Vermont, Sometime in January

Midwinter. Need I say more?

I remember a Vermont winter when I was in my twenties where January was sub-sub-zero. 25 below zero, in what seemed like a cold snap that wouldn’t snap.

Not so, this year. Rain, slush, ice. Some sparkling skiing days.

The cats drape on the couches, dreaming of tuna perhaps, their little furry faces rubbing our hands. Midwinter is that particularly good place for work — or at least the kind of work I do, much of it at a laptop and not re-roofing a house. My daughters and I talk about swimming, of wandering in wet sand along the ocean, of ice cream cones (so dull I am, preferring vanilla), but in January that’s all imaginary…. for the moment. In a warm, well-lighted house, that’s just fine.

Let’s pull some blueberries from the freezer and make muffins — and another little silver pot of espresso, too.

So much money made
by clever temple priests
using peonies

— Issa

IMG_7105

By Brett Ann Stanciu

Brett Ann Stanciu lives with her two daughters in Hardwick, Vermont. Her creative nonfiction book, Unstitched: My Journey to Understand Opioid Addiction and How People and Communities Can Heal, will be published by Steerforth Press in September 2021. Her novel about rural life in Vermont, Hidden View, was published in 2015.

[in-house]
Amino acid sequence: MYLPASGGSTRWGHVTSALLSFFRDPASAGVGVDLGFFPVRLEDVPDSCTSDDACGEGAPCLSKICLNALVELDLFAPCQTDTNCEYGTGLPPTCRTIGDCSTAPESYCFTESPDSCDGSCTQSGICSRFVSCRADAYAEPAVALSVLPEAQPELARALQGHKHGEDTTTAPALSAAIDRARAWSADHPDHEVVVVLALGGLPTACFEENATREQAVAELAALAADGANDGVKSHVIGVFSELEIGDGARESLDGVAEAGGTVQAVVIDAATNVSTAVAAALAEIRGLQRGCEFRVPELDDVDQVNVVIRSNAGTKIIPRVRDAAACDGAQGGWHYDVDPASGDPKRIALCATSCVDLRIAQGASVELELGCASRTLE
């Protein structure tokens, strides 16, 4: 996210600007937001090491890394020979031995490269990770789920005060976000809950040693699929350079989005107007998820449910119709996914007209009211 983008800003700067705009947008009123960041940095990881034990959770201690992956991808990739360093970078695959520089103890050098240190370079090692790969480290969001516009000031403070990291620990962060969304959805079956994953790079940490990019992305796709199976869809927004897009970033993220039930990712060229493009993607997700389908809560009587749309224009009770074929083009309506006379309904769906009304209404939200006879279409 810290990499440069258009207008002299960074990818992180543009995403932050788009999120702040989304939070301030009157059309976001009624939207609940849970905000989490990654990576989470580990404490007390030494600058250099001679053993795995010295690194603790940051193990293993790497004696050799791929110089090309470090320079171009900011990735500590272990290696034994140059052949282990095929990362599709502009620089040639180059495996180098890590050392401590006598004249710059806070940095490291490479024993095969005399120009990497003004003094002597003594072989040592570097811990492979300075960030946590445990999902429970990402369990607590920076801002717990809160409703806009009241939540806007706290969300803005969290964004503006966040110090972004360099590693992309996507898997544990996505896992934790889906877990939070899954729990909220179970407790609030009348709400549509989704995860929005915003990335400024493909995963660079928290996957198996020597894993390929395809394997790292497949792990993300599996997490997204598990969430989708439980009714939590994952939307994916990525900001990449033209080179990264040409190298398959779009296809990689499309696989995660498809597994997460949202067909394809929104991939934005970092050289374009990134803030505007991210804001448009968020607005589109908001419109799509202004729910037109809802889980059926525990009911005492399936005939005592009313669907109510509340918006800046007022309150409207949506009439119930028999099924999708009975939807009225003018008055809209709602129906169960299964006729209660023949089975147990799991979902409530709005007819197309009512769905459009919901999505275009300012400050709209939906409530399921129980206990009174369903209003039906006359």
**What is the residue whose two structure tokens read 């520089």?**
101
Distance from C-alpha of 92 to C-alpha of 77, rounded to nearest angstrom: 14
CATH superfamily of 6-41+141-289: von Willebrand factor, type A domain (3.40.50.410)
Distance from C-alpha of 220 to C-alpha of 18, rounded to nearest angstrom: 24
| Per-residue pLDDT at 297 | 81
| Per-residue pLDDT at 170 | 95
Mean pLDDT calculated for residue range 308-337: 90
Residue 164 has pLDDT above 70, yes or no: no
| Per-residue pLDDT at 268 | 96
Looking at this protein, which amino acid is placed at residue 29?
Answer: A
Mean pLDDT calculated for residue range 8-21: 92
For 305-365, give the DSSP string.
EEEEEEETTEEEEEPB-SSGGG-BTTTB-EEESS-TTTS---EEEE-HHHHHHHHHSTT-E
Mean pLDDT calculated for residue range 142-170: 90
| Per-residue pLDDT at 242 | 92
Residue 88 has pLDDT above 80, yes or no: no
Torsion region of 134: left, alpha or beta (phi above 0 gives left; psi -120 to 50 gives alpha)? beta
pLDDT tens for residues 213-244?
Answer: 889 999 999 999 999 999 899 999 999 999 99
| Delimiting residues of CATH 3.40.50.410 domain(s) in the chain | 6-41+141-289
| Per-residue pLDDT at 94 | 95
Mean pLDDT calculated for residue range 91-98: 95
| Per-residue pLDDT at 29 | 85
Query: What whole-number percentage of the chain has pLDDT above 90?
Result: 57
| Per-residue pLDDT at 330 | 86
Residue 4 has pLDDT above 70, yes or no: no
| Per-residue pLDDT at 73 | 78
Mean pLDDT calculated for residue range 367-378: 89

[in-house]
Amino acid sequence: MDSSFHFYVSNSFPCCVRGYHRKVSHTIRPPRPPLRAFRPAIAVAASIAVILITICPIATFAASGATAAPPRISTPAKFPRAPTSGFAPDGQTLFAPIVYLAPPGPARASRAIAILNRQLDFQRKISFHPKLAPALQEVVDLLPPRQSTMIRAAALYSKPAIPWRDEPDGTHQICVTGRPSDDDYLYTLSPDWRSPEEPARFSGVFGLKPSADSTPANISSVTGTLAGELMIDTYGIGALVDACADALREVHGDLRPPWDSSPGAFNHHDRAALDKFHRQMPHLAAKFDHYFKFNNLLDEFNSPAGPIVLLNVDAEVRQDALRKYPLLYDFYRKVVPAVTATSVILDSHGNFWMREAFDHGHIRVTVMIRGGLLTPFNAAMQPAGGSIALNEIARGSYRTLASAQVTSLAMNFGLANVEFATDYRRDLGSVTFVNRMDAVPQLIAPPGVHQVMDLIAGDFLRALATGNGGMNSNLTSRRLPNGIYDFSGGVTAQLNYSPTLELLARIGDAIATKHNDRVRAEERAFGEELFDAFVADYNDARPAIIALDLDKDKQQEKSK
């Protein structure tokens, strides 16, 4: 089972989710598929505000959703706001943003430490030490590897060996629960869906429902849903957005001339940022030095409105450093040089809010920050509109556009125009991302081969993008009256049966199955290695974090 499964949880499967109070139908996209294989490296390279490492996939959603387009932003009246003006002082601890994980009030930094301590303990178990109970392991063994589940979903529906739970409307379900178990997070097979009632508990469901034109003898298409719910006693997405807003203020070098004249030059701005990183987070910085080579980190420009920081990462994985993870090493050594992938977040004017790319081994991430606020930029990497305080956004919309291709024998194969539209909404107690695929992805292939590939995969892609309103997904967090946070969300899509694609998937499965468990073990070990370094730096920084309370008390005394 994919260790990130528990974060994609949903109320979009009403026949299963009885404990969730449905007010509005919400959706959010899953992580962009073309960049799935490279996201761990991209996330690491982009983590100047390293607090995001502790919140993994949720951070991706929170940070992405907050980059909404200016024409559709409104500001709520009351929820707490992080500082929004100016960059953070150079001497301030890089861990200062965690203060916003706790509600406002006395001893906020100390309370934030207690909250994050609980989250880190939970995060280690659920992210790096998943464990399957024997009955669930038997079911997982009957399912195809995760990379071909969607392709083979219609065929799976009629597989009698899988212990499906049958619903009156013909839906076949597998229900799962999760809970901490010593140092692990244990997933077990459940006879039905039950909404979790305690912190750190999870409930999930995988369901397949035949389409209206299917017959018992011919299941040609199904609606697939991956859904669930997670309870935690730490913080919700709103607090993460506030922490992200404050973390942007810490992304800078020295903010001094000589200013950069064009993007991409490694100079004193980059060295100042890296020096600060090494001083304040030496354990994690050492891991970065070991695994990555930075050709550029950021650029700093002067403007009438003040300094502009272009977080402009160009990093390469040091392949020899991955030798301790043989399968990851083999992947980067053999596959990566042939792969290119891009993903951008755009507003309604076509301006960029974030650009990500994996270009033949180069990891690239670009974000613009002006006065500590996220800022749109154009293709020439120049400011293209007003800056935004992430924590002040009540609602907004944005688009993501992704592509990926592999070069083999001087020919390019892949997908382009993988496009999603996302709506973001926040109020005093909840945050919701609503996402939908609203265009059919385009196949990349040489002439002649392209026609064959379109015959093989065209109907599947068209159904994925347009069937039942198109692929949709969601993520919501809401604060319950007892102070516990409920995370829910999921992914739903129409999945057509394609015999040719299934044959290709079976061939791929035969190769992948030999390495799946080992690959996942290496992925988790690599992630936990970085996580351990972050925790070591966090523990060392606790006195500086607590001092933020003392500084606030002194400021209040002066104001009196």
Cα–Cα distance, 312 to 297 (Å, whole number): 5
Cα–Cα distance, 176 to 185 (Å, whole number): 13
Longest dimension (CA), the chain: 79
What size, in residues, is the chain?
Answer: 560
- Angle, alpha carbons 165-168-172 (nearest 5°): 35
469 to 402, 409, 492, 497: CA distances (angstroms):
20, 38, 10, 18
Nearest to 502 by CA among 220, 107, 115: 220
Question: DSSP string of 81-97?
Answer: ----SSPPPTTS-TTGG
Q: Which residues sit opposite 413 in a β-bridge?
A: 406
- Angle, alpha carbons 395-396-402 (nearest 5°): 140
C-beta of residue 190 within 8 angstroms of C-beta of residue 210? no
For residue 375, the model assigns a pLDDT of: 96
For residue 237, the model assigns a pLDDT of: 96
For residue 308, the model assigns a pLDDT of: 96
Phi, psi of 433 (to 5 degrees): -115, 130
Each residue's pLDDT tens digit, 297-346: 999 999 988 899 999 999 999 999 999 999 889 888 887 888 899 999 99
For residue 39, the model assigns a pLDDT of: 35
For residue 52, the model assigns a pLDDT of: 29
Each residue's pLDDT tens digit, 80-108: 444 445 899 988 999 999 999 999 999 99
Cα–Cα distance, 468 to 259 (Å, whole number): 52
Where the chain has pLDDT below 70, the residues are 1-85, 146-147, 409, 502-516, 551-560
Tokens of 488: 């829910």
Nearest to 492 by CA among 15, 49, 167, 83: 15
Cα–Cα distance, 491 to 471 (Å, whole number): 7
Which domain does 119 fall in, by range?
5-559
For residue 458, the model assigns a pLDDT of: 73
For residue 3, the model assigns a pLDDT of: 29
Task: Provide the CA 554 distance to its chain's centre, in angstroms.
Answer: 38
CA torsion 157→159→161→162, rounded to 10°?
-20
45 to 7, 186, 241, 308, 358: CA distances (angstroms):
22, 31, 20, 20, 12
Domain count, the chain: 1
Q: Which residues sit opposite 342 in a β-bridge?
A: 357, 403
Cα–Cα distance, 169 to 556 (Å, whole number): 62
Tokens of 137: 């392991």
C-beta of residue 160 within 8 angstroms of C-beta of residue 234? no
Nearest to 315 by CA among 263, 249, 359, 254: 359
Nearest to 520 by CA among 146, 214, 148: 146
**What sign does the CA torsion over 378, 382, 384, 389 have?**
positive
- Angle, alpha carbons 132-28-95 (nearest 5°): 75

8 comments

  1. I remember that cold January as well…MANY moons ago! One can’t forget that kind of bone-chilling cold. This year it’s sort of the winter that wasn’t. I looked out this morning and thought ‘this is disgusting’. Your attitude was infinitely better 🙂

    1. I’m just so darn glad we finally live in a house that holds in heat. I know this sounds ridiculous, but living in a warm house in the winter — even a mild Vermont winter — has VASTLY improved my outlook on winter. Of course, a month further into what will doubtlessly be another Eternal New England Winter, I’ll likely be singing a different tune.

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